Breastmilk: Research Shows It Can Destroy Cancer Cells!

by Donna Walls, RN, BSN, IBCLC, ANLC

Years ago, maybe 20 or so, I went to a conference session entitled “Breastmilk Apoptosis.” I had no idea what that meant, but a Swedish researcher explained how his team was applying breastmilk to cancer cells in a petri dish and found the milk was actually destroying malignant cells. I was astounded- this breastmilk is really great stuff! But years went by and I didn’t hear about “apoptosis” again, until just recently.

Through the years, I have talked with some patients who were using breastmilk during cancer treatments and even heard a bit about milk banks having cancer therapy on their list of uses, but you would have thought if breastmilk was really killing cancer cells it would have been the lead story on the evening news.

Fast forward to 2019 and there are some research articles surfacing touting the ability of breastmilk to actually destroy cancer cells. Substances found only in breastmilk, alpha-lactalbumin, combined with fatty acids (most commonly oleic acid) have the capability of destroying malignant tumor cells. (Hakansson et al., 1995; Reed, 2003)

This early breastmilk research began looking at the mechanisms of breastmilk in killing pathogenic germs. They were using cancer cells, as they commonly do with experiments, and were surprised to find the cancer cells being destroyed. They then applied the breastmilk to healthy cells and found no negative effects to healthy cells.

In 1995, Professor Catharina Svanborg of the Lund University in Sweden was working on the application of breastmilk components to cancer cells stated, “We have very strong data in mice showing dose-dependent reduction of the tumor, to the point of disappearance. And we have laboratory evidence for effects against many different types of cancer cells and it is therapeutic use in animal models of brain tumors and colon cancer as well as bladder cancer.”

In another trial study carried out in 2007 by Motol University Hospital in Prague and overseen by scientists from Lund University in Sweden, 8 out of the 9 patients in the study were found to be passing tumor cells in their urine just two hours after being given an alpha-lactalbumin complex synthesized drug resulting in decreased tumor size. In another early trial involving 40 patients with hard-to-treat bladder cancer it was found that all 20 who were given a drug based on the alpha-lactalbumin complex had whole tumor fragments in their urine.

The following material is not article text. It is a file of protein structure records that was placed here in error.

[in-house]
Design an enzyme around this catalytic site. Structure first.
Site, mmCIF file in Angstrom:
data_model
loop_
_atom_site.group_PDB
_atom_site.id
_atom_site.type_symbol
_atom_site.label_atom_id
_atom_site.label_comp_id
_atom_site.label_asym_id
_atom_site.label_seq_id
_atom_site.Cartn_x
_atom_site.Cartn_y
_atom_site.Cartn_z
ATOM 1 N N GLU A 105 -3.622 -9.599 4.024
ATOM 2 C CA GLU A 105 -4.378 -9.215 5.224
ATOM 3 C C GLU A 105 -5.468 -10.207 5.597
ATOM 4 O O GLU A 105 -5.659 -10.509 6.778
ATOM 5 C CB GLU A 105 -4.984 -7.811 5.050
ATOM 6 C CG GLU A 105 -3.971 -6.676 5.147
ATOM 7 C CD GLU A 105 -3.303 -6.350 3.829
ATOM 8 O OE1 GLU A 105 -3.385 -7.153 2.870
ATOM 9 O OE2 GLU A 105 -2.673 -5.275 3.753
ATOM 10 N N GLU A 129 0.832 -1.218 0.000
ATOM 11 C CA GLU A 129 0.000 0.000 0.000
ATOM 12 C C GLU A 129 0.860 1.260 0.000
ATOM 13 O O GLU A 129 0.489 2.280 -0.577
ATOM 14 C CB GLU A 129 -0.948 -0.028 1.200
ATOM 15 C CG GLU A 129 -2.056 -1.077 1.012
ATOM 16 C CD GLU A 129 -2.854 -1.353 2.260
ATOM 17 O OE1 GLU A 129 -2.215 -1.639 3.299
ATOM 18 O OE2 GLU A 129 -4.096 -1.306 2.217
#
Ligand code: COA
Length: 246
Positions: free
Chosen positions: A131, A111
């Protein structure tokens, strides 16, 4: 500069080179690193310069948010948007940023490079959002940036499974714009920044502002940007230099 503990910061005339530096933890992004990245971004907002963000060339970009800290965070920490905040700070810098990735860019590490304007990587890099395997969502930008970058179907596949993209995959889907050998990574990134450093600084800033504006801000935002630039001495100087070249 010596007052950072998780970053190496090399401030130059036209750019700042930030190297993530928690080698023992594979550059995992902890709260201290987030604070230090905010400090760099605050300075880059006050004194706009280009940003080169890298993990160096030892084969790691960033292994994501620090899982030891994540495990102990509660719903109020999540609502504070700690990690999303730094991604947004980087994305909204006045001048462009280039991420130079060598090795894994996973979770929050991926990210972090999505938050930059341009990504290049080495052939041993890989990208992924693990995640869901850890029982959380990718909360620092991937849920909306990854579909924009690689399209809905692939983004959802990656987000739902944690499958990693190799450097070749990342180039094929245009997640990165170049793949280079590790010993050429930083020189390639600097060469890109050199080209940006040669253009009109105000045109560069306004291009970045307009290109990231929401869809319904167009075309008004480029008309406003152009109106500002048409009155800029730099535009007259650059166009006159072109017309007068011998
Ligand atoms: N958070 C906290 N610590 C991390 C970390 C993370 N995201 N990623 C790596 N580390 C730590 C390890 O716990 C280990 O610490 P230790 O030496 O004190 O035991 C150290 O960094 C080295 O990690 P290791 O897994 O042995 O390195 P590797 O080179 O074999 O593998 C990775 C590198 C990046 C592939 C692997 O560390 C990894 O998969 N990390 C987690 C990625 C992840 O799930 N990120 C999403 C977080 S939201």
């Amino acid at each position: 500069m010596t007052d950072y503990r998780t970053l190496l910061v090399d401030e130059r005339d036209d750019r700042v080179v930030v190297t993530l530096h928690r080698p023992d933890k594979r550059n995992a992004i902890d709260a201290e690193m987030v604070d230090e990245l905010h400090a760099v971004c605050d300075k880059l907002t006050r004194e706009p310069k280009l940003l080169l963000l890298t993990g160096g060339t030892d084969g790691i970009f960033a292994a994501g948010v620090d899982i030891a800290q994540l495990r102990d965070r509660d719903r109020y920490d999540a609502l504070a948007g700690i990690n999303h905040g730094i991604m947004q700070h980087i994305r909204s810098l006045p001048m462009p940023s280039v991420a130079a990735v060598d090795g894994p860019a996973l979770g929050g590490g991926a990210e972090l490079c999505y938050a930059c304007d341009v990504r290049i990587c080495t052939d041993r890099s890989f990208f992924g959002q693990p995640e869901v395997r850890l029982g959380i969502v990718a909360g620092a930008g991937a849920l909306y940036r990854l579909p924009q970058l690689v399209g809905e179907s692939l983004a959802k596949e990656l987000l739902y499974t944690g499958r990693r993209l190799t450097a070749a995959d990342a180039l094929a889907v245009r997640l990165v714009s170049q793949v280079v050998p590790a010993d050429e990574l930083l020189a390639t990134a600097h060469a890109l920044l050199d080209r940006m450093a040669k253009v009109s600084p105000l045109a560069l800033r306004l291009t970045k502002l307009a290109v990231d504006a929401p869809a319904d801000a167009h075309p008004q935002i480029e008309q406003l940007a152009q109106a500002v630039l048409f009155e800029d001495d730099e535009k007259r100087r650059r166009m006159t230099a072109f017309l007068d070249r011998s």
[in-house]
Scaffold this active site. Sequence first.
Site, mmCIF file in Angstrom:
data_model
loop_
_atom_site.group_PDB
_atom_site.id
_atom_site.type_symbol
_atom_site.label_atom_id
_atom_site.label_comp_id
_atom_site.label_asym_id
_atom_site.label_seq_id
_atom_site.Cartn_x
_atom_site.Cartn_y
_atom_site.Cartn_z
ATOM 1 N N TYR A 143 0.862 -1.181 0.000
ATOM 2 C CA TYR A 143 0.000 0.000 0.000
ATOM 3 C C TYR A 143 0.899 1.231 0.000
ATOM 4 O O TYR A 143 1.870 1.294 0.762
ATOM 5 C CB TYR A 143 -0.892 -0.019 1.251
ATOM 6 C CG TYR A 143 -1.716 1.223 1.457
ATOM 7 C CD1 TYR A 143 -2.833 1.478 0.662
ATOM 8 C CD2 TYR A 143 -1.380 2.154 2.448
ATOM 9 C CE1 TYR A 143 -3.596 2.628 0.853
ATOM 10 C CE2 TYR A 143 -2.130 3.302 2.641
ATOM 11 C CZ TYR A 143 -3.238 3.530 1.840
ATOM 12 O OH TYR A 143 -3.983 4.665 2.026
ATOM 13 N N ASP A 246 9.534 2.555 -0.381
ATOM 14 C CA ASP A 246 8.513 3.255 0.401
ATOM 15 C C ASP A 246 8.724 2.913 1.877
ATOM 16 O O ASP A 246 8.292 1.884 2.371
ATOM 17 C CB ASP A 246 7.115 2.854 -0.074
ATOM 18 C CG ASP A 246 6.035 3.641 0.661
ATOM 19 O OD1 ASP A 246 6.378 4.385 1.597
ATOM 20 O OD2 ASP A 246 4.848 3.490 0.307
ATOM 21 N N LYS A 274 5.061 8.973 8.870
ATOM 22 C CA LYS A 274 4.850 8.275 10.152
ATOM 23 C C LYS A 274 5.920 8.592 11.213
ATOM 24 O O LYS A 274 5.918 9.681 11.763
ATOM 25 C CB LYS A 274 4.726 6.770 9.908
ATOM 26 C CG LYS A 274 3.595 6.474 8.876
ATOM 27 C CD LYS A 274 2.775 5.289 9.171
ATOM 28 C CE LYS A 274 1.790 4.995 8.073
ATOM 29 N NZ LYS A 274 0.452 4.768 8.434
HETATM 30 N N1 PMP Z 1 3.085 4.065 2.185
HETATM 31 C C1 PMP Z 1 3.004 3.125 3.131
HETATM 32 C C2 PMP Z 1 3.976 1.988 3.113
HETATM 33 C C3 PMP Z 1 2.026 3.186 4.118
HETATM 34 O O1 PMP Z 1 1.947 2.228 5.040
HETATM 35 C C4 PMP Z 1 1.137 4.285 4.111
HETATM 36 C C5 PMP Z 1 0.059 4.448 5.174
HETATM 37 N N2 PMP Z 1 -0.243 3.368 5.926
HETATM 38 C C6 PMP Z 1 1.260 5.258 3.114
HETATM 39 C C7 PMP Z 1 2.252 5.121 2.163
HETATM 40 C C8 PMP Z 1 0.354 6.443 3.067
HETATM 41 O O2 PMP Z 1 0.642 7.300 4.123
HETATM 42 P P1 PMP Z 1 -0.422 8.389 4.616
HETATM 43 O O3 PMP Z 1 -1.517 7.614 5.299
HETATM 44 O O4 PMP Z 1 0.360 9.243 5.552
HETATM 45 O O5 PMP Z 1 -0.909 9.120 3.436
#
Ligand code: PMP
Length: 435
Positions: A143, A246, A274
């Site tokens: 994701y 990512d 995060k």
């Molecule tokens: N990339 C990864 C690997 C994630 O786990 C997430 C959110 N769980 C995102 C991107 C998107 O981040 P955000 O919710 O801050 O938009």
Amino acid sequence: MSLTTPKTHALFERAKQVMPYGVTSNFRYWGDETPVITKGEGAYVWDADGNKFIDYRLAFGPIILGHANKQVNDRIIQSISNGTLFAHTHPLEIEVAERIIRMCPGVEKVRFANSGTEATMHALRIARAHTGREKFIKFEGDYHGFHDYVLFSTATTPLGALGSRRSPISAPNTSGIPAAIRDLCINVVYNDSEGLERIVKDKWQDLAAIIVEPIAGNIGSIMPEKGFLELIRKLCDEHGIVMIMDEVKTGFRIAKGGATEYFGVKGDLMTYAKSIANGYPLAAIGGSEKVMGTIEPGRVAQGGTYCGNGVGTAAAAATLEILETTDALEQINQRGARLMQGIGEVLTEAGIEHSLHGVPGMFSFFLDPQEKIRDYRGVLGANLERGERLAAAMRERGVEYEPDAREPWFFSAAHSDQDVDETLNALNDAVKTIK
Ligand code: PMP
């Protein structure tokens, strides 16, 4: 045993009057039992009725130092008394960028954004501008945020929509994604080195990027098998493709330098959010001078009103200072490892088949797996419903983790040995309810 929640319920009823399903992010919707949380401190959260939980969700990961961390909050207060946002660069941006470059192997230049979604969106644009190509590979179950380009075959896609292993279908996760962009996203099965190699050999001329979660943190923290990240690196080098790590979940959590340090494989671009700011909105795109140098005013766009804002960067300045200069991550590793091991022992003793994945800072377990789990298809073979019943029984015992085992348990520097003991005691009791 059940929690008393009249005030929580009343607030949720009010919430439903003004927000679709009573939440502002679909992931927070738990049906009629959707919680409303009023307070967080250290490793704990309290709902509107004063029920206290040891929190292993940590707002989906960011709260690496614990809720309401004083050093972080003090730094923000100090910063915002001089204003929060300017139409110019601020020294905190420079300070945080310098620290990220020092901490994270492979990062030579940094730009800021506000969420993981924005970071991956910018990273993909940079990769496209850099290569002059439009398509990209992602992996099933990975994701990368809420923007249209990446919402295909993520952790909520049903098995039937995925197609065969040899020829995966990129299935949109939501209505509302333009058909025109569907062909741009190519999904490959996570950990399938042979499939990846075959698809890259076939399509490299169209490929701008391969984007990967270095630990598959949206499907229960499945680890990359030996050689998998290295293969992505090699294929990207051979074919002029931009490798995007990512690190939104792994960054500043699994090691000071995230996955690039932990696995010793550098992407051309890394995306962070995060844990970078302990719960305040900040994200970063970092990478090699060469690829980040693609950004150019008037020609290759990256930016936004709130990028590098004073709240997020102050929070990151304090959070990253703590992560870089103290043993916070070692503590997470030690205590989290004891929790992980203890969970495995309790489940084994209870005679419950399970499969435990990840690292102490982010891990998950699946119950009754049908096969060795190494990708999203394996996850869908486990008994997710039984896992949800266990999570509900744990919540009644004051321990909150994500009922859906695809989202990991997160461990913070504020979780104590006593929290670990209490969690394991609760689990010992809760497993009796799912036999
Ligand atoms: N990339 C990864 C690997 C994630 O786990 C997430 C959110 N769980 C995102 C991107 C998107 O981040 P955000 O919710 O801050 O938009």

This complex of alpha-lactalbumin and fatty acids is referred to as HAMLET (human alpha-lactalbumin made lethal to tumor cells). This complex induces apoptosis which is defined as cell death, cell suicide or programmed cell death. HAMLET has been shown to induce anti-tumor effects on more than 40 different lymphomas and carcinomas. Also, these cells were able to distinguish between malignant cells and normally functioning cells and does not exert their anti-tumor effects on healthy cells. (Delgado Y. 2015)

So, what are the practical aspects of using breastmilk as a treatment for cancer? Synthesis of the HAMLET cell complex is being used in research studies and the development of anti-cancer medications by the pharmaceutical industry “looks promising”.  FDA approval of clinical trials included the statement “the unique characteristic of the protein could potentially help battle cancer in adults, some doctors say”. (Delgado Y.)

Dr. Lori Feldman-Winter at Cooper University Hospital in New Jersey stated, “There’s promising research that would indicate that in the future the solution for not only preventing cancer, but even treating and curing cancer might be in human milk.”

If, in time, breastmilk, or synthesized HAMLET cells, would become a routine part of cancer treatment there could be a concern about the availability of human milk. “In the past we have had one to two inquiries a month,” said Dr. Deborah Tuttle of the Mothers’ Milk Bank at Christiana Hospital in Newark, Delaware. Human milk banks have only a limited supply of human milk with premature and vulnerable infants as the priority for the limited amount of human milk available.

There is also a concern that adult cancer patients, out of desperation, might seek sources of breastmilk that provide unsafe products claiming to have benefits as cancer therapies. We  know that breastfeeding reduces the risk of many cancers in infants as well as reducing the risk of breast and ovarian cancer in breastfeeding mothers. There are many benefits of using human milk, and with this research, another promising treatment for cancer without the side effects of current treatments can be added to the list.

References

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